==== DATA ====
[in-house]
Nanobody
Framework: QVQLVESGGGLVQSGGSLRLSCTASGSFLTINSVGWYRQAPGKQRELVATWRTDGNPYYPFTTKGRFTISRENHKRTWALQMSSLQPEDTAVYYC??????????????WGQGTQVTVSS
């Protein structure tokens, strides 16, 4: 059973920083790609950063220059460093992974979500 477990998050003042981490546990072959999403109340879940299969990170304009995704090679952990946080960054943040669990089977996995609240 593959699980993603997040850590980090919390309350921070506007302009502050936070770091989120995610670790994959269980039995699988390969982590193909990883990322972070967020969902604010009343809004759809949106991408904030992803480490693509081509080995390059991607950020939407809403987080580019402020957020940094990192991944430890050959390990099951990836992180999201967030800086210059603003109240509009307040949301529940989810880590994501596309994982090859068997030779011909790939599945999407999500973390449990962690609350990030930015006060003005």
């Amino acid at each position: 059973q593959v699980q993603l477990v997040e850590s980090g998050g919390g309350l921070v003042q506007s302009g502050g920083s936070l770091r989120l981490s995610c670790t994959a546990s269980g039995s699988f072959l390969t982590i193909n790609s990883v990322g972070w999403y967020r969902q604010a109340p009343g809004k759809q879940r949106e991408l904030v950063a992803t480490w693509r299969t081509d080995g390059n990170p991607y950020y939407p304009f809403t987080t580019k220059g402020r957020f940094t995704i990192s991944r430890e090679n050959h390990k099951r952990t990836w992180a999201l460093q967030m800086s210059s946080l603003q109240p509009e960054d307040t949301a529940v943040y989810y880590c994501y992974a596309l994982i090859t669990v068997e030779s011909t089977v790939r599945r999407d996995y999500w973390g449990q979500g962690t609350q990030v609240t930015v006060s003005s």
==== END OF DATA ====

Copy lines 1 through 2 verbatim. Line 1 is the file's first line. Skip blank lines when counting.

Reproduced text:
[in-house]
Nanobody